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The District of Columbia federal appeals court ruled that DirecTV Inc. committed an unfair labor practice when it had contractor technicians fired for complaining about a pay dispute with the company on a TV news program. (DirecTV Inc. v. Nat’l Labor Relations Board, No. 11-1273 (D.C. Cir. 2016)).

DirecTV contracts with MasTec to install satellite television receivers in customers’ homes. The MasTec employees, based in Orlando, Florida, claimed they were pressured to convince customers to connect satellite service through a phone line in order to track viewing habits and increase pay-per-view business. The workers claimed management told them to do “whatever it took” to get customers to agree, including lying and installing phone lines without their knowledge. In 2006, under financial pressure from DirecTV, MasTec began docking the pay of technicians who didn’t meet quotas for phone line hookups.

After technicians complained to management, MasTec and DirecTV refused to change their policies. When a protest outside MasTec also failed to settle the matter, a group of MasTec technicians contacted a local TV news station, which interviewed them wearing their DirecTV uniforms. The report addressed the technicians’ grievances concerning the pay policy and their belief that they were being told to lie to customers; it also suggested that these phone connections could cost consumers more money.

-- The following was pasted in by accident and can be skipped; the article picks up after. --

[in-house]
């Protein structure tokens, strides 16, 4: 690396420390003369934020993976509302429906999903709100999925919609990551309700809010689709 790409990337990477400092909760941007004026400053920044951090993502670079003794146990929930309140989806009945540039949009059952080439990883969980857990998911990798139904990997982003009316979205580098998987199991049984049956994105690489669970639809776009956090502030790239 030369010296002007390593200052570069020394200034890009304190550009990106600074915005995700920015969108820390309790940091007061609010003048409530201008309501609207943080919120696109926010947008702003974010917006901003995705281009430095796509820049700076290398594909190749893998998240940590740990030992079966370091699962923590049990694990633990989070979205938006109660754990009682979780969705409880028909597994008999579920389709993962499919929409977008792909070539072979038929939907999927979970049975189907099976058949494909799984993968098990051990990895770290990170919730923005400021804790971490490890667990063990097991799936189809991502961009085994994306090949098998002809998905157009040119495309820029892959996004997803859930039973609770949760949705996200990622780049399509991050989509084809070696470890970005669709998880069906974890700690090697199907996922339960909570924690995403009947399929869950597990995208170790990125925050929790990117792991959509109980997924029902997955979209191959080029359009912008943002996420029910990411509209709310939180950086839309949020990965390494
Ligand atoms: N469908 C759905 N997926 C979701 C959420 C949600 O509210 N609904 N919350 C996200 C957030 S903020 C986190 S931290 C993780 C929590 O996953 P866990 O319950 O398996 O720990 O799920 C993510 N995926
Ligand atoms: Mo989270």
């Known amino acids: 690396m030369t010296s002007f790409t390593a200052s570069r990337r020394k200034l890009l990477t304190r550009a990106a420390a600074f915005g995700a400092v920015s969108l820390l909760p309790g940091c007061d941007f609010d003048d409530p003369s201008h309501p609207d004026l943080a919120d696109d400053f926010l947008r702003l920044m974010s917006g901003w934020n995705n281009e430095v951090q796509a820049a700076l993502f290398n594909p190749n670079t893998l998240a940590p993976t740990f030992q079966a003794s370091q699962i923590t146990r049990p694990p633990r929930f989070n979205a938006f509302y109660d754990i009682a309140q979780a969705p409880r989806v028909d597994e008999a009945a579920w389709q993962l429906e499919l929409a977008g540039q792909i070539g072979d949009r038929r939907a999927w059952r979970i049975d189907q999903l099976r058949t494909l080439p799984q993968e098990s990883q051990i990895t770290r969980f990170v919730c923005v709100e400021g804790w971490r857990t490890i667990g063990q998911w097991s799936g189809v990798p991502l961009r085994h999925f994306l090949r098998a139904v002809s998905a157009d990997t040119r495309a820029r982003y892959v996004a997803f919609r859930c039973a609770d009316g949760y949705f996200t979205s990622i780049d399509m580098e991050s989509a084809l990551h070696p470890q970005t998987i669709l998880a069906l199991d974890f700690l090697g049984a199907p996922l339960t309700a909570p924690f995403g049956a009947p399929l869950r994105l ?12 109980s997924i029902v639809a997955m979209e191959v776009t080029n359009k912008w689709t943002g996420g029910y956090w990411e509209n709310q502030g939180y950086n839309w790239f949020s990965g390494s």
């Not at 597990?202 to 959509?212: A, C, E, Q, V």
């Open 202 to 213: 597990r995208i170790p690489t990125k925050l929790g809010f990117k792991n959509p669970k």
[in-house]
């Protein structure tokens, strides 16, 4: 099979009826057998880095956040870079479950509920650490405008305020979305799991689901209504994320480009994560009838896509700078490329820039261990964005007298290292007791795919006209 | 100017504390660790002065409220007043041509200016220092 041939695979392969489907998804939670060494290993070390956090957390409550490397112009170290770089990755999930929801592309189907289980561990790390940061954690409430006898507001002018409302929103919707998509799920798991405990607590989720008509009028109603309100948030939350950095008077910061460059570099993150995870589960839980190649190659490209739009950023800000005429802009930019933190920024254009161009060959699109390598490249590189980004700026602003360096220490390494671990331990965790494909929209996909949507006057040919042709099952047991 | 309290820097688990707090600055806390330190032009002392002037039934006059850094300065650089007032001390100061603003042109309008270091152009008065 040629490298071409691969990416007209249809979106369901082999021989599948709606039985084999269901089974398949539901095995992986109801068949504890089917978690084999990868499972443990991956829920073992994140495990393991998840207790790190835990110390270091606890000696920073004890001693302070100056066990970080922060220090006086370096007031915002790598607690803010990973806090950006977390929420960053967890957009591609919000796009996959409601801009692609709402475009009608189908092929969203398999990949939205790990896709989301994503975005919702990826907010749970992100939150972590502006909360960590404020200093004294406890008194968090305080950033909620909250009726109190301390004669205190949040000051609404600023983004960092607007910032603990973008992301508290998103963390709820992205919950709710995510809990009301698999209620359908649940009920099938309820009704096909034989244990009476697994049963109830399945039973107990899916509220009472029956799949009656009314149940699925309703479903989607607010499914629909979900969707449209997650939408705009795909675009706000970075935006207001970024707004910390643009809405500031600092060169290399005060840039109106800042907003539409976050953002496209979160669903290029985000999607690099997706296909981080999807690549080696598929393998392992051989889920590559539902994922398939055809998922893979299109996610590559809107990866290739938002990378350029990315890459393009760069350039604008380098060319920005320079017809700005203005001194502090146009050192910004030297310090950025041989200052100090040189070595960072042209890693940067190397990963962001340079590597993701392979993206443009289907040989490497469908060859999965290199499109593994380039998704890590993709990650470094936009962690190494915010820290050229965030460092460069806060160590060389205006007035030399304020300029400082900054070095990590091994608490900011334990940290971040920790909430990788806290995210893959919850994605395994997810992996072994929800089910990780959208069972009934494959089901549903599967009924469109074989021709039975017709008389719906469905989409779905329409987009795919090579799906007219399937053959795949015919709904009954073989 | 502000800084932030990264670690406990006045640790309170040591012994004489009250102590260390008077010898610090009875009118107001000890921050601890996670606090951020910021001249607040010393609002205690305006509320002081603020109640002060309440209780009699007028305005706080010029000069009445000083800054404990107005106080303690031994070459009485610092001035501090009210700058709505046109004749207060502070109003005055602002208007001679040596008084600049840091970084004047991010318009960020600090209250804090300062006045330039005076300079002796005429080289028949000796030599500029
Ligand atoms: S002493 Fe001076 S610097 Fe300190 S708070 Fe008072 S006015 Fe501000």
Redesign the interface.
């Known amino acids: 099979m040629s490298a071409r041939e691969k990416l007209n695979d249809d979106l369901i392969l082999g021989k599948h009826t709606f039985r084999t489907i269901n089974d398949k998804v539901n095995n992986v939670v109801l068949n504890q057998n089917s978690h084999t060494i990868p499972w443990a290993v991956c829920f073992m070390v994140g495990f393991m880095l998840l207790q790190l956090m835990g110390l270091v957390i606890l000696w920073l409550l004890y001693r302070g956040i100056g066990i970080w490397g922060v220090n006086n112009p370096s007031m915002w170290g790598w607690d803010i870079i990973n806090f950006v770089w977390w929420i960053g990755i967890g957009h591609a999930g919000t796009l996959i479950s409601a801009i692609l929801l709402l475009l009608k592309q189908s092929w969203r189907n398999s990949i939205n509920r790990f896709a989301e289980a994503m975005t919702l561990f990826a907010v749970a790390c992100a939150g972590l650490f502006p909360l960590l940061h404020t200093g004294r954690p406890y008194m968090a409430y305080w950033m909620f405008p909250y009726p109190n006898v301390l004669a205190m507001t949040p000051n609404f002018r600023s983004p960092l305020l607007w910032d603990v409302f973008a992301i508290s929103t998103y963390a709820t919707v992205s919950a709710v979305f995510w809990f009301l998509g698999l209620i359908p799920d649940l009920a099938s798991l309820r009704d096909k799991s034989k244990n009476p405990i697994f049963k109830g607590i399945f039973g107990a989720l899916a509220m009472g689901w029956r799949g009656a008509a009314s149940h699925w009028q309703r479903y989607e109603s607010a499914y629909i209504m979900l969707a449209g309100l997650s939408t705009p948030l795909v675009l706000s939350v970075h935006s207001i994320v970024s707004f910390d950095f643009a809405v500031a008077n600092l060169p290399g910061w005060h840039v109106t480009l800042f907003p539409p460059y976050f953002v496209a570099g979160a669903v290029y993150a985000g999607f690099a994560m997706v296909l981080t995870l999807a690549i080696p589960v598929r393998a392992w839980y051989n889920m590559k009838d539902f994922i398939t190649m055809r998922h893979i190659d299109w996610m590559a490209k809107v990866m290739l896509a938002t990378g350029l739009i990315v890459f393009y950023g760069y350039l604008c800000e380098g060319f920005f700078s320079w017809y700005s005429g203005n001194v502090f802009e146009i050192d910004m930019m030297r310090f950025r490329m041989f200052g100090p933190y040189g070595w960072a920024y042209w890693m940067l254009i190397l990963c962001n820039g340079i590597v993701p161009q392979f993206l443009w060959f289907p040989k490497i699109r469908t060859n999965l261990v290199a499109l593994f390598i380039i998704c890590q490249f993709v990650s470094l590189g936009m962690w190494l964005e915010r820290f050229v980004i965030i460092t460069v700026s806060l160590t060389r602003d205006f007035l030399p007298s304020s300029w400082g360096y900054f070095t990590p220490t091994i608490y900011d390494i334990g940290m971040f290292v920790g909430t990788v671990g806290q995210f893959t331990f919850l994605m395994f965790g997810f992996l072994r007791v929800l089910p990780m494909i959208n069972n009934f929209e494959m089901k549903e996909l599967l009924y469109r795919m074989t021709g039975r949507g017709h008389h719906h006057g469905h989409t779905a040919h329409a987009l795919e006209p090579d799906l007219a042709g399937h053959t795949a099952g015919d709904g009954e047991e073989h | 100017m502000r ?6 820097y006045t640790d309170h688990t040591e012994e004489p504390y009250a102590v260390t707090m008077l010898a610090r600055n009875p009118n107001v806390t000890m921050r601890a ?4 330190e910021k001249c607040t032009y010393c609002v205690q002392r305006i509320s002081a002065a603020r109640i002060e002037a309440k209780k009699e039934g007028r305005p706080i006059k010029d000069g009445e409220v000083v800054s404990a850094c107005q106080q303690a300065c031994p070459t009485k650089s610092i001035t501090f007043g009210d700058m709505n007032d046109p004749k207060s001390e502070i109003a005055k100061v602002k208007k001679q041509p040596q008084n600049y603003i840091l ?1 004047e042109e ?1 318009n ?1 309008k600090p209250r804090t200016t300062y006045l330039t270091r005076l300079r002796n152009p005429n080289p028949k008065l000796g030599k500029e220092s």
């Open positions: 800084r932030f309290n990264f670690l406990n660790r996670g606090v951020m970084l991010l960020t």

DirecTV told MasTec it did not want the technicians in the broadcast representing DirecTV in customers’ homes, and MasTec then fired nearly all the technicians who participated.

Under the National Labor Relations Board’s interpretation of the National Labor Relations Act, “Employee communications to third parties in an effort to obtain their support are protected where (i) the communication indicate[s] it is related to an ongoing dispute and (ii) it is not so disloyal, reckless or maliciously untrue as to lose the Act’s protection.” Continue reading